The reporting requirement is intended to be informational and provide employees with greater transparency into health care costs. The amounts reported are not taxable.

Learn more about the W-2 reporting deferral from the IRS.

Reporting Income Payments Using Form 1099-MISC

Form 1099-MISC is used to report payments made in a trade or business.

By , About.com Guide     http://taxes.about.com/od/businesstaxes/qt/1099-Misc-Reporting-for-Miscellaneous-Payments.htm

Form 1099-MISCis used to report certain types of payments made in the course of a trade or business. If you’re in business or self-employed, you may need to submit this report to both the Internal Revenue Service and the person or business whom you paid.

When is Form 1099-MISC Required?

Businesses will need to fill out a Form 1099-MISC for persons, vendors, subcontractors, independent contractors, and others in the following circumstances:

$600 or more per year is paid for

  • cash payments to fishermen
  • crop insurance proceeds,
  • medical and health care payments,
  • prizes and awards,
  • proceeds paid to attorneys,
  • rents,
  • services (including parts and materials), and
  • other types of payments not covered by another information reporting document.

$10 or more per year is paid for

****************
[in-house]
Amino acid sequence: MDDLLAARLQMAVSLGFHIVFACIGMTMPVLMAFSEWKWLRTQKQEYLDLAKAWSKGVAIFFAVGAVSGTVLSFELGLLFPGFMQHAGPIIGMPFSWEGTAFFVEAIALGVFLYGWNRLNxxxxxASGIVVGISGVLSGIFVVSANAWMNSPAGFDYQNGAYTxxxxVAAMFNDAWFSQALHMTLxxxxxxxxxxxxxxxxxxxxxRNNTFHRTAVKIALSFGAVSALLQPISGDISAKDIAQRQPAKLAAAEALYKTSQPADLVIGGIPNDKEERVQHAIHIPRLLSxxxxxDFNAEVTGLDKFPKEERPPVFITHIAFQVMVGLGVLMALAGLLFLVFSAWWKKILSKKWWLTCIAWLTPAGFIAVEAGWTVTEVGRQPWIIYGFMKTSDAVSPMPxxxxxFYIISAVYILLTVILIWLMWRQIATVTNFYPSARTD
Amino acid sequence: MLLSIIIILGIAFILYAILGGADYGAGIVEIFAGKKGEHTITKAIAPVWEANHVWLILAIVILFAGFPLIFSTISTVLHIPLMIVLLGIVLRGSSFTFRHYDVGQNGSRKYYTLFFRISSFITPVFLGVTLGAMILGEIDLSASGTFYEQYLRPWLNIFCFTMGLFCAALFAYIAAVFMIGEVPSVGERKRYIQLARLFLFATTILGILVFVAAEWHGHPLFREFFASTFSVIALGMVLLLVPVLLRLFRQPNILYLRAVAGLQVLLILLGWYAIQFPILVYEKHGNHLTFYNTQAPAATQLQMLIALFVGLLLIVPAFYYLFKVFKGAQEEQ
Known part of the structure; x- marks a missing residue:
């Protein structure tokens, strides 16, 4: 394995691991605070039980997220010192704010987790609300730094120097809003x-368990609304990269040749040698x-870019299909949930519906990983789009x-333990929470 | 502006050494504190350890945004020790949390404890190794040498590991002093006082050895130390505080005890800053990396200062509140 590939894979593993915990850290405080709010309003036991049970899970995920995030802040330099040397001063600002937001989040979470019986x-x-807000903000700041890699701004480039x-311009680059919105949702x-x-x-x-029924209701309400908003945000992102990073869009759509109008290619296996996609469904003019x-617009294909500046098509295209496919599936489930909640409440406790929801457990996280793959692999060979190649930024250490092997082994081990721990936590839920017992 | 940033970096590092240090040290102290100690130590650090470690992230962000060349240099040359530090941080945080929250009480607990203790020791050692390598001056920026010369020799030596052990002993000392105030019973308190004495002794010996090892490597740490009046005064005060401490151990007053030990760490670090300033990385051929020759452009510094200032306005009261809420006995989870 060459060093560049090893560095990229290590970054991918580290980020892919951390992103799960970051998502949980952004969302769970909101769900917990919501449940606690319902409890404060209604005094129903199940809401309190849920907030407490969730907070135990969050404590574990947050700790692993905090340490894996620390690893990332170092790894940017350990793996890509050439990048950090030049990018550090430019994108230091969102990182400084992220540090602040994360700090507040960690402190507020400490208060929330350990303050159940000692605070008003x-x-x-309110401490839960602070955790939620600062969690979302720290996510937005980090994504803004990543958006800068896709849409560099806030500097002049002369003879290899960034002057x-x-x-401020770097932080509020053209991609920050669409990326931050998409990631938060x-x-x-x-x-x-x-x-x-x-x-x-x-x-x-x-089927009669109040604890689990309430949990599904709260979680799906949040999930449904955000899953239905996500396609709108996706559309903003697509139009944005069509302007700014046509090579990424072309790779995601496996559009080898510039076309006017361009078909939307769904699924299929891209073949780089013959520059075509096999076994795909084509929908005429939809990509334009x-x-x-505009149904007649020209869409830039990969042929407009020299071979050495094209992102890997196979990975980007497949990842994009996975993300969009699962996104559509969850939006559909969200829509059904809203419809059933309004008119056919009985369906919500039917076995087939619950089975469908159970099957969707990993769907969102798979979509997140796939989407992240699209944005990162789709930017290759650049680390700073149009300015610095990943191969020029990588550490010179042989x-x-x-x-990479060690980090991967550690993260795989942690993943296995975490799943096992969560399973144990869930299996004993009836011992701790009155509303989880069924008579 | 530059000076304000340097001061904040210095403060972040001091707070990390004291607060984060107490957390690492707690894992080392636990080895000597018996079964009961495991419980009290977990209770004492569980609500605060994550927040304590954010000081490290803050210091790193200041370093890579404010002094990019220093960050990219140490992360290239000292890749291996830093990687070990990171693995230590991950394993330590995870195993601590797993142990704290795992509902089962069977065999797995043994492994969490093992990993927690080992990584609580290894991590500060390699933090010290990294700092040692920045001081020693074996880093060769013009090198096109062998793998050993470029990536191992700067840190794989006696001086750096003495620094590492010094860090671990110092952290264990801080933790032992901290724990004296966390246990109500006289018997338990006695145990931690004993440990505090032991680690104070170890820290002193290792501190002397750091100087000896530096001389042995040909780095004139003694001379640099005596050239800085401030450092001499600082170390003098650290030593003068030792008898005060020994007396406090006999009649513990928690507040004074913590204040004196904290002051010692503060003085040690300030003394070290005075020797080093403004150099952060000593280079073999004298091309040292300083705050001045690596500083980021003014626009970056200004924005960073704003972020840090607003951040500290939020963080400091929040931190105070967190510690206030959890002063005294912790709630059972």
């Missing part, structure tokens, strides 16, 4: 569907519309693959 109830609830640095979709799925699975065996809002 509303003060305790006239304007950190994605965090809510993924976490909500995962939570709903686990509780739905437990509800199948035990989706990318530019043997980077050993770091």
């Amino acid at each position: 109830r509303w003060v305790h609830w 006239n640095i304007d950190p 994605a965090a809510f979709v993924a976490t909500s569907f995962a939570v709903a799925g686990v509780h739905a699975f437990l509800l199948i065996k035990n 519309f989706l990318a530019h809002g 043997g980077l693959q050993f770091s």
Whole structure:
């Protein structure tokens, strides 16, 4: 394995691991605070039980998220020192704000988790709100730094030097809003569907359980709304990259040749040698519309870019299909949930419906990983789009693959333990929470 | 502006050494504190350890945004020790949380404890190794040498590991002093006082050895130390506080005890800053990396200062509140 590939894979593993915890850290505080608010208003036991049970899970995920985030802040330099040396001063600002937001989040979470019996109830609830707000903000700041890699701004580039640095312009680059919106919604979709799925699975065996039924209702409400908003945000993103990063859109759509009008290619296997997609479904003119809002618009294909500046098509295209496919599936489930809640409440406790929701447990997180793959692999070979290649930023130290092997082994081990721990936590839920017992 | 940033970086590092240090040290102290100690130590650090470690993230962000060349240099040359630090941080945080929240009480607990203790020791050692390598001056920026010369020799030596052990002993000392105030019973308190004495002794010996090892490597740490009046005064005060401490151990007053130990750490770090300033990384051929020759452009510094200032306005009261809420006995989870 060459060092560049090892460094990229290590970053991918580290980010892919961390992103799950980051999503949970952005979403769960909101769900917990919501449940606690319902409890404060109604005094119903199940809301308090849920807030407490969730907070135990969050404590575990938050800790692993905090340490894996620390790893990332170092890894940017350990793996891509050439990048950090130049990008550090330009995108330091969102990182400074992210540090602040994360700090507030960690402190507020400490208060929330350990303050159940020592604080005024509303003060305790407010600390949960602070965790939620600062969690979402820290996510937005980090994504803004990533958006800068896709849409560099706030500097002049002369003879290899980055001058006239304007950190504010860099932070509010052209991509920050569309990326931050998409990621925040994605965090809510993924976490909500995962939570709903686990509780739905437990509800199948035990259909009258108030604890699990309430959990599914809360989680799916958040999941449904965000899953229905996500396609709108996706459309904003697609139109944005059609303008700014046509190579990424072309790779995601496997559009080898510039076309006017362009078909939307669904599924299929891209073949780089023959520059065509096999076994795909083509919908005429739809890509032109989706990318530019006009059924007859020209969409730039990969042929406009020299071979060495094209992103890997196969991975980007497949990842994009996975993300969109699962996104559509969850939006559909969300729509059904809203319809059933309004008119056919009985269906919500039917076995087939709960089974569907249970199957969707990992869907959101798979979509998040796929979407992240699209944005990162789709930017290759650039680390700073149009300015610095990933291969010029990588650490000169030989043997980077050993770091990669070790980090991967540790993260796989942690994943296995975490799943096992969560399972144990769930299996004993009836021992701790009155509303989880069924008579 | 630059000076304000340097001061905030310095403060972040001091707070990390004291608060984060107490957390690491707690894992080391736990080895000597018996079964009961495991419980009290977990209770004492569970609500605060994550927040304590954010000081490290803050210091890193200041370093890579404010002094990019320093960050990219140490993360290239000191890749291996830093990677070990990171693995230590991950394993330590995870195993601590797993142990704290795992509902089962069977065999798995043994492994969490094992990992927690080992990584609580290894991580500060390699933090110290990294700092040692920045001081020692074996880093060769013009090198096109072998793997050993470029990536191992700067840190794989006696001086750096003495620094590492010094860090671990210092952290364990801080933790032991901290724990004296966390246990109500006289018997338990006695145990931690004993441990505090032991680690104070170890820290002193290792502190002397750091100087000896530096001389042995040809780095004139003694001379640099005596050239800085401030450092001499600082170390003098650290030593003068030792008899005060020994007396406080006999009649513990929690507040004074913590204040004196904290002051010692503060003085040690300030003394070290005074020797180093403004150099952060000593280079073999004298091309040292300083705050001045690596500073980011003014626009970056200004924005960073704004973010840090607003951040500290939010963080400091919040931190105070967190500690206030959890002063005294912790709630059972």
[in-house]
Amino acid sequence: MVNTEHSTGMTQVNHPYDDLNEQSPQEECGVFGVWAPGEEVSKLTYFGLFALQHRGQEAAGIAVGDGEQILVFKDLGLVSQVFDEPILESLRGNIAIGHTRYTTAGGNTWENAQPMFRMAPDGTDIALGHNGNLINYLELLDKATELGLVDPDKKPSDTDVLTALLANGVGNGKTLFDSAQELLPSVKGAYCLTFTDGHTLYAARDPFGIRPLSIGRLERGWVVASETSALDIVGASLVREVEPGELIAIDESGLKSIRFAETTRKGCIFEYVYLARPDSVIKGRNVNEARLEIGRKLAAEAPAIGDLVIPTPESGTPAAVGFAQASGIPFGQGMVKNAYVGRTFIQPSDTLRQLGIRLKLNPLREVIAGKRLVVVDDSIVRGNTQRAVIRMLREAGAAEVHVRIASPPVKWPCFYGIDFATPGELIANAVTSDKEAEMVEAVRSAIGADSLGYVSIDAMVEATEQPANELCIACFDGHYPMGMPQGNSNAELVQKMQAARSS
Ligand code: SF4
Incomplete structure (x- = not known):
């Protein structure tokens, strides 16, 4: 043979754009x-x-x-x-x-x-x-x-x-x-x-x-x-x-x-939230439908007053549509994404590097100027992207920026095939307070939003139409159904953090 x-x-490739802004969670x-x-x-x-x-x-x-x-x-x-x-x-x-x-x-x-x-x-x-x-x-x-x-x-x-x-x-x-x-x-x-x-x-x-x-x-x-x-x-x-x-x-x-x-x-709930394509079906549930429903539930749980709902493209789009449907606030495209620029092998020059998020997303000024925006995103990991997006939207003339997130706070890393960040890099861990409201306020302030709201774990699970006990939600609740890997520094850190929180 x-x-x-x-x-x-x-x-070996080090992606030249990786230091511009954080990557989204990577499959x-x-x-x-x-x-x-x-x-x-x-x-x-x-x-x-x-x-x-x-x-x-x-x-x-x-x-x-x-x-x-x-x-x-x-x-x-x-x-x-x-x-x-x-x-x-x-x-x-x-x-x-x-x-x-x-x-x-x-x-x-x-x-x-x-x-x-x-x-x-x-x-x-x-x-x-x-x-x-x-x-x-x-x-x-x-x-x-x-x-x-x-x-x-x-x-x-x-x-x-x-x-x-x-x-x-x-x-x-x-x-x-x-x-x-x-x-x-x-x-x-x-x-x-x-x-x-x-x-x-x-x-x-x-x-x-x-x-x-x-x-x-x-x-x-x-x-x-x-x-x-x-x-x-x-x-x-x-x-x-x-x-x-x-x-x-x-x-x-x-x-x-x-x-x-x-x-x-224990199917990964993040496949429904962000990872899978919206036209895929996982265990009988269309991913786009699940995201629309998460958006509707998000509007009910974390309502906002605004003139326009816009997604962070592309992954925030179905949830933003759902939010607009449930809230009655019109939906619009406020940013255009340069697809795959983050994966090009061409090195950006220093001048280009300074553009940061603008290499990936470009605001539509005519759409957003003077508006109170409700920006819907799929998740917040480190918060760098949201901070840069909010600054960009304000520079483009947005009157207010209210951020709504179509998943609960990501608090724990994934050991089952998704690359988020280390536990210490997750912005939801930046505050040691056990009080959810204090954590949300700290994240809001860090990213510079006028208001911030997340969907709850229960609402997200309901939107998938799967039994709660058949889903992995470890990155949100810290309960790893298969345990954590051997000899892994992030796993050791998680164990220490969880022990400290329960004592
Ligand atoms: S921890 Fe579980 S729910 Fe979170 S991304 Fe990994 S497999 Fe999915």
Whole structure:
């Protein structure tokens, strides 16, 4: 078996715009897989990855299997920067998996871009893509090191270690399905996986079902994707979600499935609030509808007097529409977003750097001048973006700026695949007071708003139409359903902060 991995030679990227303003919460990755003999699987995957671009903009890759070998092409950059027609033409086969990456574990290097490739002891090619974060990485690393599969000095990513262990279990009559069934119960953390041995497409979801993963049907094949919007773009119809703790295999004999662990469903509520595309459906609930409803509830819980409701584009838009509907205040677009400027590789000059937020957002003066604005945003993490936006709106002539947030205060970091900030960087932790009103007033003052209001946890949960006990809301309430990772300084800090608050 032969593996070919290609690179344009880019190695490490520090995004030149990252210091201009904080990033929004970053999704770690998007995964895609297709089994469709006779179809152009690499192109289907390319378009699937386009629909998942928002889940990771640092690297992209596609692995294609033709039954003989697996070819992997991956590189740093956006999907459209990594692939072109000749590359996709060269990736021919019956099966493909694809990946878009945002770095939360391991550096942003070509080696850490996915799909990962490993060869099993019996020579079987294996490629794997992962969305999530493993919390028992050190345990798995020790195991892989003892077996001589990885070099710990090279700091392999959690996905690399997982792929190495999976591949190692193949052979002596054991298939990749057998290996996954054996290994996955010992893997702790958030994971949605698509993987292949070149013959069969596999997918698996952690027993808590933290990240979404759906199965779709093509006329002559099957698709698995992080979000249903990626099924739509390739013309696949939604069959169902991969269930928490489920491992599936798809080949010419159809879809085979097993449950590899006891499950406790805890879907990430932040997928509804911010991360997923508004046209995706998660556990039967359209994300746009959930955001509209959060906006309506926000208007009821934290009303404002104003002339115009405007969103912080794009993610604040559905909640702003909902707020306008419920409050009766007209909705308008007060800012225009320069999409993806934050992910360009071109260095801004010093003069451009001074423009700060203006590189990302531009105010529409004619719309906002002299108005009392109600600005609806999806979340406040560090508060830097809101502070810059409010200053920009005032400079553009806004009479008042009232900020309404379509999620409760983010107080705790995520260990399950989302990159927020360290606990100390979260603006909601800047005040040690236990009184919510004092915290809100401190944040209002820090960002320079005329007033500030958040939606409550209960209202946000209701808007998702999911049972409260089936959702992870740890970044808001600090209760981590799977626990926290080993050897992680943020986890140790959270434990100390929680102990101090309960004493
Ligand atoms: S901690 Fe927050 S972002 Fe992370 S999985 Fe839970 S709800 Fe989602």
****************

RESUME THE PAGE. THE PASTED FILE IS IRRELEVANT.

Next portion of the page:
• broker payments in lieu of dividends or tax-exempt interest, and
  • royalties

Reporting such payments is required if the recipient of the payment is not a corporation — for example, when the recipient is an individual, partnership, a limited liability company treated as a partnership or sole proprietorship. Payments made to corporations are required in the case of medical and health care payments and in the case of legal fees paid to attorneys. Other types of payments made to corporations may be reported using Form 1099-MISC, but is not required. 

Report Payments Made by Cash or Check, but Not Payments Made by Credit Card

Starting with the 2011 tax year, the IRS is instructing businesses that payments made via credit card and other third party payment processing services need not be reported on Form 1099-MISC. Refer to the Instructions for Form 1099-MISC1, especially the What’s New2section. 

Expanded 1099-MISC Reporting Starting in 2011 for Rental Property Owners Has Been Repealed